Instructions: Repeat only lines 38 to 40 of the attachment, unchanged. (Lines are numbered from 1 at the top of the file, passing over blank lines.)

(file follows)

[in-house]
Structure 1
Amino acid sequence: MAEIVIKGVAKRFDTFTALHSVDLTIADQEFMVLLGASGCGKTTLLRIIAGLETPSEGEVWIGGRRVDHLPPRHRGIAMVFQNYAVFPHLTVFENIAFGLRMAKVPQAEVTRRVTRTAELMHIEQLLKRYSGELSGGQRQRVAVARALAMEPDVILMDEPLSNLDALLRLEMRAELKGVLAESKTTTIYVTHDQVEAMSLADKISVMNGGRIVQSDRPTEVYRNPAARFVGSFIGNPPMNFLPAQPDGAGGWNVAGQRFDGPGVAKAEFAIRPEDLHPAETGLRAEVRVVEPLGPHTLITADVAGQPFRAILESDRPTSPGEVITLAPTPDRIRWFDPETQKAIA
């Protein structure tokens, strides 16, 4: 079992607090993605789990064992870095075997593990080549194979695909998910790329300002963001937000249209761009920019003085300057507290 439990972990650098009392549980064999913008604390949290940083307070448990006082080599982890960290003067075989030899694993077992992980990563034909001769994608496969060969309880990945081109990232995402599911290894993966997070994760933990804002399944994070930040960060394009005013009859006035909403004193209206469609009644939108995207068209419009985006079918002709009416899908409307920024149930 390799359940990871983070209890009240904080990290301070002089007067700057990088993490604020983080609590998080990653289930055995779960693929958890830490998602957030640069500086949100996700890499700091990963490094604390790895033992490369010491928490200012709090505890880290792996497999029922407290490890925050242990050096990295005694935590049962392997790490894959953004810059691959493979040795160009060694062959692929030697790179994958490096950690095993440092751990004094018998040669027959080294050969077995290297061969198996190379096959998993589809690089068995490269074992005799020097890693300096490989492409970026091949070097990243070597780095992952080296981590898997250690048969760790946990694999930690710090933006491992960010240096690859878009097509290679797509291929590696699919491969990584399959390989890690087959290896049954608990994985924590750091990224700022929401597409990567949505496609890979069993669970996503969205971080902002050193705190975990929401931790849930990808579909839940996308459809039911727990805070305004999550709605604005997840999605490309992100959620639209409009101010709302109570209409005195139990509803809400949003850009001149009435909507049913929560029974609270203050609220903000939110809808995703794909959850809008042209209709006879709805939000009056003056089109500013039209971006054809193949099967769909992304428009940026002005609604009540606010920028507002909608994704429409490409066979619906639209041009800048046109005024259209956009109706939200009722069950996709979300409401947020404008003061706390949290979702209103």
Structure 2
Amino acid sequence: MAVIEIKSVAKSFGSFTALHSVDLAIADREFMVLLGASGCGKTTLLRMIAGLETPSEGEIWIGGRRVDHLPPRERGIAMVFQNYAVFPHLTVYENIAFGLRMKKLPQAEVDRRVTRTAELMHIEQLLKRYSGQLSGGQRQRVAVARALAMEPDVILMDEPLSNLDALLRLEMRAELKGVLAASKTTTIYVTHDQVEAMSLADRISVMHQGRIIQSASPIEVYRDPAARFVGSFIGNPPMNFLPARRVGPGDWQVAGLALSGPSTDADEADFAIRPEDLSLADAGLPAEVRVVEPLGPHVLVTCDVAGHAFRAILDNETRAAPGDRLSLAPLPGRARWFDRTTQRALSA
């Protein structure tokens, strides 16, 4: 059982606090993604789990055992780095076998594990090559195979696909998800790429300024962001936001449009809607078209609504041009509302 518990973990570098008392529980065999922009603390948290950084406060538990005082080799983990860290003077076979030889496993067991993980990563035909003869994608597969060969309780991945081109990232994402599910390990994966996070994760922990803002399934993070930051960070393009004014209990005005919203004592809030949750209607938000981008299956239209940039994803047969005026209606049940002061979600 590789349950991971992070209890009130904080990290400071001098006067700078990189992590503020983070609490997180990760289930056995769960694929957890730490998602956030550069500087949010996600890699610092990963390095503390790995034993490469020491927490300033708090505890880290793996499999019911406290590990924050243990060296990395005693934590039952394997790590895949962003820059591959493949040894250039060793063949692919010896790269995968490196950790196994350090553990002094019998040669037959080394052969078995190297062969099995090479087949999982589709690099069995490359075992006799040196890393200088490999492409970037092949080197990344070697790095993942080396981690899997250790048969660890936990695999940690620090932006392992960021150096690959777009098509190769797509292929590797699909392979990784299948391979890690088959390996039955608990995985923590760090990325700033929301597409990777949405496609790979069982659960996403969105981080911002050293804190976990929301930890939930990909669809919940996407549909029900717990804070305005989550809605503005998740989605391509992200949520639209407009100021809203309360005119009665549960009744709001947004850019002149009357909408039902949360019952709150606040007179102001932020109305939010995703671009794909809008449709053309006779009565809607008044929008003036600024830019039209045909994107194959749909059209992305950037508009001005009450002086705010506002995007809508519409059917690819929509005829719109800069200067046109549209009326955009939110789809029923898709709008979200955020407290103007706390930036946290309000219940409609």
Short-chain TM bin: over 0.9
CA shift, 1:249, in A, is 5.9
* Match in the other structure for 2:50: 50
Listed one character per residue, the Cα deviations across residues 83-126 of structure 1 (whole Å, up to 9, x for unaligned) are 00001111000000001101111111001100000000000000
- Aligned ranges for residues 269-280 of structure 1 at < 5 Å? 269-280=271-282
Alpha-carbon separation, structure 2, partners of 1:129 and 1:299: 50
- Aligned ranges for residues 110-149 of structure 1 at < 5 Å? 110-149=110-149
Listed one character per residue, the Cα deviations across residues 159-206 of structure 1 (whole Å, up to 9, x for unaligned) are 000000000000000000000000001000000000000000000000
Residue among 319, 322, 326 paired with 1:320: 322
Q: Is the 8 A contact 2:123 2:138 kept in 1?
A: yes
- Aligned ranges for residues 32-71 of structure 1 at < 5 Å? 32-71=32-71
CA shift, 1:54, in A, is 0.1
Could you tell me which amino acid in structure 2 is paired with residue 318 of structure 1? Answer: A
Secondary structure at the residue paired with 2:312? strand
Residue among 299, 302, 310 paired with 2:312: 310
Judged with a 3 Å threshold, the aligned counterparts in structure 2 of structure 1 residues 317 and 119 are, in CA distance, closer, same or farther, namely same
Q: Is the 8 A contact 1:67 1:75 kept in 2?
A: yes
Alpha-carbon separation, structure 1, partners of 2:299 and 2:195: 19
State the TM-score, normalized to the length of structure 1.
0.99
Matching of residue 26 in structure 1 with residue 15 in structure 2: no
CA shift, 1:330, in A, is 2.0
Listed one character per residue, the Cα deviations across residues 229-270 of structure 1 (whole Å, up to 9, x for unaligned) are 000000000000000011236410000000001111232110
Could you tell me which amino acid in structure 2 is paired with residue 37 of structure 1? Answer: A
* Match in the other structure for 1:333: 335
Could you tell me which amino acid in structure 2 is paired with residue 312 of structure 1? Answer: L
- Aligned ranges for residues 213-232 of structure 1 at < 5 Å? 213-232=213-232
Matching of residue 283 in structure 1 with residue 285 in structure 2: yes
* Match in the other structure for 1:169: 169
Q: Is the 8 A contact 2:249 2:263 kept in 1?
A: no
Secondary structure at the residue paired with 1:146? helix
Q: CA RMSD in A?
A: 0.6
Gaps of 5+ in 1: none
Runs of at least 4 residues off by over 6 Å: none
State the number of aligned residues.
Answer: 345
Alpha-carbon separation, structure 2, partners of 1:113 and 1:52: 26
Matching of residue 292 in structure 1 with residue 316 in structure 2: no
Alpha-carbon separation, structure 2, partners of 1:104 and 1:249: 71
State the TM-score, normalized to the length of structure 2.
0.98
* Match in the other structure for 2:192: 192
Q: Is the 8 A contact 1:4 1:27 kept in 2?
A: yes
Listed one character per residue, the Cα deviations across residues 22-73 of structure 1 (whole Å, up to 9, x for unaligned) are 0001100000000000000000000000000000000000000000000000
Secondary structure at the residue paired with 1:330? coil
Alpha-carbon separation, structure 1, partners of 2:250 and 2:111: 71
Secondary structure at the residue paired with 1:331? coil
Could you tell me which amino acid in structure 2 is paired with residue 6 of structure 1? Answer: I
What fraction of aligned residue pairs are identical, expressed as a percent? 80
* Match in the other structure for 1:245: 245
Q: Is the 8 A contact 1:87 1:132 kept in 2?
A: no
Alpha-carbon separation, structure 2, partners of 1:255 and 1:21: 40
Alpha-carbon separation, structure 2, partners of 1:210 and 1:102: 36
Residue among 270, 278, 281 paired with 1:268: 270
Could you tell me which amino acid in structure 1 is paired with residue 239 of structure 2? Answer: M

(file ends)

* Match in the other structure for 1:169: 169
Q: Is the 8 A contact 2:249 2:263 kept in 1?
A: no